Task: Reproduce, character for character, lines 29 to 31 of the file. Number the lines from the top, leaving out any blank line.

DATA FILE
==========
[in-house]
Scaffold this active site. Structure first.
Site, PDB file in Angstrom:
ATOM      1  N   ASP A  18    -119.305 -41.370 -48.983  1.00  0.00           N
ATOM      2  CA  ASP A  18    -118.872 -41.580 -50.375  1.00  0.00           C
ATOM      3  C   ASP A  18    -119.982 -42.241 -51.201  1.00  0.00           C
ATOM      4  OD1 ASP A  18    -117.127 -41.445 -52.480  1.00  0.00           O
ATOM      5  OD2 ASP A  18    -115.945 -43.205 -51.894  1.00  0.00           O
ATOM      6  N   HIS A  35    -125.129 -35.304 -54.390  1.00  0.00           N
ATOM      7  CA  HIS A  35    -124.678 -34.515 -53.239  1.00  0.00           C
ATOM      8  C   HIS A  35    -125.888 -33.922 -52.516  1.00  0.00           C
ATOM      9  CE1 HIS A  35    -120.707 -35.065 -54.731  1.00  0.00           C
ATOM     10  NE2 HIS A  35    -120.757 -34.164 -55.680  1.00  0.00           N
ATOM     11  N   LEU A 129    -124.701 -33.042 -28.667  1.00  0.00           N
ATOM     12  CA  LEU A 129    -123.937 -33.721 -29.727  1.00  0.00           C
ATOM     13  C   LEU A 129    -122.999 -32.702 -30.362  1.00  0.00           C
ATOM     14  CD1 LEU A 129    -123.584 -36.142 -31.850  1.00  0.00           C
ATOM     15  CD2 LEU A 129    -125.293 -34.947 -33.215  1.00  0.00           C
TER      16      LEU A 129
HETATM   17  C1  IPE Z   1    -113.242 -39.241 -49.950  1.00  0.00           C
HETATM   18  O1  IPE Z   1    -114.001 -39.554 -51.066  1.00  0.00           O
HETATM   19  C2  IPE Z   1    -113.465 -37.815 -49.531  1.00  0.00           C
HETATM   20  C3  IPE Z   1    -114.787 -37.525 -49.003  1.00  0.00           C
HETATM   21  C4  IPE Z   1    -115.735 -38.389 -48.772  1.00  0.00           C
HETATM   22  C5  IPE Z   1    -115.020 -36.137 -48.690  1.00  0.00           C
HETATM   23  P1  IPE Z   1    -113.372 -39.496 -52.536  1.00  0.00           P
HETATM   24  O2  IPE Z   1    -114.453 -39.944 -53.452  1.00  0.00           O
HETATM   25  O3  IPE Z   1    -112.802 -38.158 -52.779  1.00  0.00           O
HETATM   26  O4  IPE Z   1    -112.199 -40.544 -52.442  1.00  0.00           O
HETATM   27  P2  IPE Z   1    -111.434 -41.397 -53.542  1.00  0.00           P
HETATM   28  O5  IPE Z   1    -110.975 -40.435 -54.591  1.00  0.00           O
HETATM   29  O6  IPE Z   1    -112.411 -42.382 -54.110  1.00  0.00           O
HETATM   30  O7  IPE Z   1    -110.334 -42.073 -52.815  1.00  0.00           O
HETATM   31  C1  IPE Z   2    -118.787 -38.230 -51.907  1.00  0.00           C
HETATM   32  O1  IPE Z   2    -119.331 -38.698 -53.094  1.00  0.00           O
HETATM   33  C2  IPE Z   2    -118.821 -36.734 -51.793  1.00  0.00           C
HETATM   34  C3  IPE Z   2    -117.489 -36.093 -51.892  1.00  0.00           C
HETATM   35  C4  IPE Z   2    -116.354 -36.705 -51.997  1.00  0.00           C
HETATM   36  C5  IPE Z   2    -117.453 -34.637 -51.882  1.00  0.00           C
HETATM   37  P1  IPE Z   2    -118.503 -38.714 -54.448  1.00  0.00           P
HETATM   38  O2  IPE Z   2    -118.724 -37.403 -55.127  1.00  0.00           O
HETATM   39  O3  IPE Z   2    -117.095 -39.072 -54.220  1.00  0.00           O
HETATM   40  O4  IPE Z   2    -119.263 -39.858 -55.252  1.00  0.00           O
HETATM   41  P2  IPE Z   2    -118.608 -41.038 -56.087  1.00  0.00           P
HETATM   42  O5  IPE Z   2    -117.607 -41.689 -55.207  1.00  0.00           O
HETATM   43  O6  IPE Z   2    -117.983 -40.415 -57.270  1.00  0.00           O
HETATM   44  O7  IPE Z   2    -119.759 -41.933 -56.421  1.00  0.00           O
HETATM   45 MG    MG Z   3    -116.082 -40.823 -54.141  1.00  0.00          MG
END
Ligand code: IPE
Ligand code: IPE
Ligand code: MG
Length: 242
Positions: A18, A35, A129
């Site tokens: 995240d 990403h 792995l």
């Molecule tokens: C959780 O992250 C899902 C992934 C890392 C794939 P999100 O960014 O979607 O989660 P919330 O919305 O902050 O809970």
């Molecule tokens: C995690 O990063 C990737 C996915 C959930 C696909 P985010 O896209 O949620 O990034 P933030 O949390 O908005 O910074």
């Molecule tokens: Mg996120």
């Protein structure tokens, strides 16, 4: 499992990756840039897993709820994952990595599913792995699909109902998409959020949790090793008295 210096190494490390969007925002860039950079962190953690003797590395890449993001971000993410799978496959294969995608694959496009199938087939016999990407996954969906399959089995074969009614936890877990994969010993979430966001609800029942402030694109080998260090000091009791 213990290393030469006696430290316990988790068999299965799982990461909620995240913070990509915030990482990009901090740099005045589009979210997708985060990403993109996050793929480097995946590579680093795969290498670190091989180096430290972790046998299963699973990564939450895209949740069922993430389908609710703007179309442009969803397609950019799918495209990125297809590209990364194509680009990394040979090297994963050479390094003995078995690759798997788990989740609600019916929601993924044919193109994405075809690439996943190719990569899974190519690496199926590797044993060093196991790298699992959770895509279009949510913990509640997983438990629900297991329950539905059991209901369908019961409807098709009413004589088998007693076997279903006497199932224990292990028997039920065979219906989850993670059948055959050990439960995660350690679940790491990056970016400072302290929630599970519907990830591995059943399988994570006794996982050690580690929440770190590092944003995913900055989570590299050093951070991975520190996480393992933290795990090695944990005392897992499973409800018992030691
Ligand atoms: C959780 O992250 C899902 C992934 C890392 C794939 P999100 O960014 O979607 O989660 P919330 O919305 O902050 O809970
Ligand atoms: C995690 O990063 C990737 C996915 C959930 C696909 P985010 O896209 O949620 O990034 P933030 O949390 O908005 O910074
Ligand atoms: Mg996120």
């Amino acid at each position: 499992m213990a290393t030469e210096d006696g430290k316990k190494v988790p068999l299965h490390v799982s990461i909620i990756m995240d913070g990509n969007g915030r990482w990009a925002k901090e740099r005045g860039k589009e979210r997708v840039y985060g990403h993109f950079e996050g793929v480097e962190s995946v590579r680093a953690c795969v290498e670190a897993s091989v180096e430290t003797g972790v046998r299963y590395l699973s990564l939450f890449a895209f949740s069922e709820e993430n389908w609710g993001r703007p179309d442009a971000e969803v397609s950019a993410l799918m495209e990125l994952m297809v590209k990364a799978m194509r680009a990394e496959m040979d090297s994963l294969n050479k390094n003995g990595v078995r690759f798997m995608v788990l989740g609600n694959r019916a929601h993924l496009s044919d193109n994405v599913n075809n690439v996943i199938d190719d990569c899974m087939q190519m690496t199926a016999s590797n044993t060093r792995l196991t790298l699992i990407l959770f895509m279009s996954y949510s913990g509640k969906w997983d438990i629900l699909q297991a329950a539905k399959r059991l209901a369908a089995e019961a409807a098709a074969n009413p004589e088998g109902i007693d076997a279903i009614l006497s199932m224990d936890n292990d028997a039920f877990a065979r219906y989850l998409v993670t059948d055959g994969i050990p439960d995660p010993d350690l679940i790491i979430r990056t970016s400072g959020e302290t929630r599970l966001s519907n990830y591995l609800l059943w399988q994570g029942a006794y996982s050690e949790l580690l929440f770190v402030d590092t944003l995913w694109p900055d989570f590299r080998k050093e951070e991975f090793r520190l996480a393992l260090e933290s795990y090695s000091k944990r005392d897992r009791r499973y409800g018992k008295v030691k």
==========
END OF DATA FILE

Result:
HETATM   26  O4  IPE Z   1    -112.199 -40.544 -52.442  1.00  0.00           O
HETATM   27  P2  IPE Z   1    -111.434 -41.397 -53.542  1.00  0.00           P
HETATM   28  O5  IPE Z   1    -110.975 -40.435 -54.591  1.00  0.00           O